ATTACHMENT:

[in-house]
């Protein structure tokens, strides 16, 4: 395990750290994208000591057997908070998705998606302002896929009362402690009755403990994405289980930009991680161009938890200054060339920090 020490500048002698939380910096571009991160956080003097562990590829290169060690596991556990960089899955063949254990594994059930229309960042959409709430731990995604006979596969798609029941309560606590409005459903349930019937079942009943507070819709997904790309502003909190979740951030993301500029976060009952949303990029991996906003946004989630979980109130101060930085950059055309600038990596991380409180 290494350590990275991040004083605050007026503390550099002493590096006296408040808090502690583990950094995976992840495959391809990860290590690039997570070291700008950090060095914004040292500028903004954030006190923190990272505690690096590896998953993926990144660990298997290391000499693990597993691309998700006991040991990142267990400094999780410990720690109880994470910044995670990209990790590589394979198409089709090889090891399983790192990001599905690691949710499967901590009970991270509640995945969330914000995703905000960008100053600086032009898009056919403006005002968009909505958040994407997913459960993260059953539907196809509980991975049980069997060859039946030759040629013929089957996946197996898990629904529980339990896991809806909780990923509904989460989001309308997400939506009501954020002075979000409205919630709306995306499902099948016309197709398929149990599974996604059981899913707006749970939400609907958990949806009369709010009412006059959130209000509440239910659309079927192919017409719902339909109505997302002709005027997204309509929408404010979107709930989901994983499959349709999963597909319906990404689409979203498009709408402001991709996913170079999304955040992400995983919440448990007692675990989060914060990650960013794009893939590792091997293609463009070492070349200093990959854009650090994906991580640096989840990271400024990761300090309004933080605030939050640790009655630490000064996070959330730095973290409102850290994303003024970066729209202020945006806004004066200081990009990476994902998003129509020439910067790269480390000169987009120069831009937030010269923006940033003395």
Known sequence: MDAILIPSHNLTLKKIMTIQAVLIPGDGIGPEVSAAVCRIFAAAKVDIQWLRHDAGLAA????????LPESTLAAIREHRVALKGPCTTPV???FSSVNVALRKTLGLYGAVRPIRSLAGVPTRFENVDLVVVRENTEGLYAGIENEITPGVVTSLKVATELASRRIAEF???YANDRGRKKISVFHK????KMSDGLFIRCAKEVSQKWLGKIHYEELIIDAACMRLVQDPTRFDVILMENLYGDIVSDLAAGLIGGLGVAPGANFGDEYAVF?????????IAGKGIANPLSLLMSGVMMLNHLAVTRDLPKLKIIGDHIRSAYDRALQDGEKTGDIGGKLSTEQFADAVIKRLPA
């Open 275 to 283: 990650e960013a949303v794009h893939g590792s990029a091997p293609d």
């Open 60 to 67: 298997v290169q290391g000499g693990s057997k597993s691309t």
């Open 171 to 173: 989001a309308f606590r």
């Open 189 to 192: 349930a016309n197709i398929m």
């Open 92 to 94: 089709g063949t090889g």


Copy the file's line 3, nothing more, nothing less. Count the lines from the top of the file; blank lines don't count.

Known sequence: MDAILIPSHNLTLKKIMTIQAVLIPGDGIGPEVSAAVCRIFAAAKVDIQWLRHDAGLAA????????LPESTLAAIREHRVALKGPCTTPV???FSSVNVALRKTLGLYGAVRPIRSLAGVPTRFENVDLVVVRENTEGLYAGIENEITPGVVTSLKVATELASRRIAEF???YANDRGRKKISVFHK????KMSDGLFIRCAKEVSQKWLGKIHYEELIIDAACMRLVQDPTRFDVILMENLYGDIVSDLAAGLIGGLGVAPGANFGDEYAVF?????????IAGKGIANPLSLLMSGVMMLNHLAVTRDLPKLKIIGDHIRSAYDRALQDGEKTGDIGGKLSTEQFADAVIKRLPA